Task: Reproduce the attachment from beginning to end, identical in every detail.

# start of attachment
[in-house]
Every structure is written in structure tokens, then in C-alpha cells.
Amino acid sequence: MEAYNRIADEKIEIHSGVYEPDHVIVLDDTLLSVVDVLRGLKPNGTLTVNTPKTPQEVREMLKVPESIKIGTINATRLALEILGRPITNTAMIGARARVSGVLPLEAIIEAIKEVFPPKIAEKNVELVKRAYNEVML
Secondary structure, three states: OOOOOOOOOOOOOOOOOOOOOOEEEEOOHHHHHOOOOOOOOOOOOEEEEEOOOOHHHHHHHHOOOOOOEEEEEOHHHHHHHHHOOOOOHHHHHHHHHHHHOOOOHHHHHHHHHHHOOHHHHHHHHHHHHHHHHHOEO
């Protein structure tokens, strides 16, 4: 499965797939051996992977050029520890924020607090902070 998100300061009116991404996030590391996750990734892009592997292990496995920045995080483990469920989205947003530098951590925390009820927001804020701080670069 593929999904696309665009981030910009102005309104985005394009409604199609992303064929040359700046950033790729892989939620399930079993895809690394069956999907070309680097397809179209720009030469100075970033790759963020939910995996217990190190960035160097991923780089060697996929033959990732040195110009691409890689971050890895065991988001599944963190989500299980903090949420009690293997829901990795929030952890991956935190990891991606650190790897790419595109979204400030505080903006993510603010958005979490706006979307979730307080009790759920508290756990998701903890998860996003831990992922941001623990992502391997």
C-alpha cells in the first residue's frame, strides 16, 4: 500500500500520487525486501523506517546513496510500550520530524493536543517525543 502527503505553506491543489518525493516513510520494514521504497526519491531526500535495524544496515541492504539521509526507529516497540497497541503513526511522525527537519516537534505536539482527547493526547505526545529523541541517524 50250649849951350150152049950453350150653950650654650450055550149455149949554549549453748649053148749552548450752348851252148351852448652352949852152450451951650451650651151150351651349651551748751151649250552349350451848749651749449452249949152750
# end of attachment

[in-house]
Every structure is written in structure tokens, then in C-alpha cells.
Amino acid sequence: MEAYNRIADEKIEIHSGVYEPDHVIVLDDTLLSVVDVLRGLKPNGTLTVNTPKTPQEVREMLKVPESIKIGTINATRLALEILGRPITNTAMIGARARVSGVLPLEAIIEAIKEVFPPKIAEKNVELVKRAYNEVML
Secondary structure, three states: OOOOOOOOOOOOOOOOOOOOOOEEEEOOHHHHHOOOOOOOOOOOOEEEEEOOOOHHHHHHHHOOOOOOEEEEEOHHHHHHHHHOOOOOHHHHHHHHHHHHOOOOHHHHHHHHHHHOOHHHHHHHHHHHHHHHHHOEO
């Protein structure tokens, strides 16, 4: 499965797939051996992977050029520890924020607090902070 998100300061009116991404996030590391996750990734892009592997292990496995920045995080483990469920989205947003530098951590925390009820927001804020701080670069 593929999904696309665009981030910009102005309104985005394009409604199609992303064929040359700046950033790729892989939620399930079993895809690394069956999907070309680097397809179209720009030469100075970033790759963020939910995996217990190190960035160097991923780089060697996929033959990732040195110009691409890689971050890895065991988001599944963190989500299980903090949420009690293997829901990795929030952890991956935190990891991606650190790897790419595109979204400030505080903006993510603010958005979490706006979307979730307080009790759920508290756990998701903890998860996003831990992922941001623990992502391997």
C-alpha cells in the first residue's frame, strides 16, 4: 500500500500520487525486501523506517546513496510500550520530524493536543517525543 502527503505553506491543489518525493516513510520494514521504497526519491531526500535495524544496515541492504539521509526507529516497540497497541503513526511522525527537519516537534505536539482527547493526547505526545529523541541517524 50250649849951350150152049950453350150653950650654650450055550149455149949554549549453748649053148749552548450752348851252148351852448652352949852152450451951650451650651151150351651349651551748751151649250552349350451848749651749449452249949152750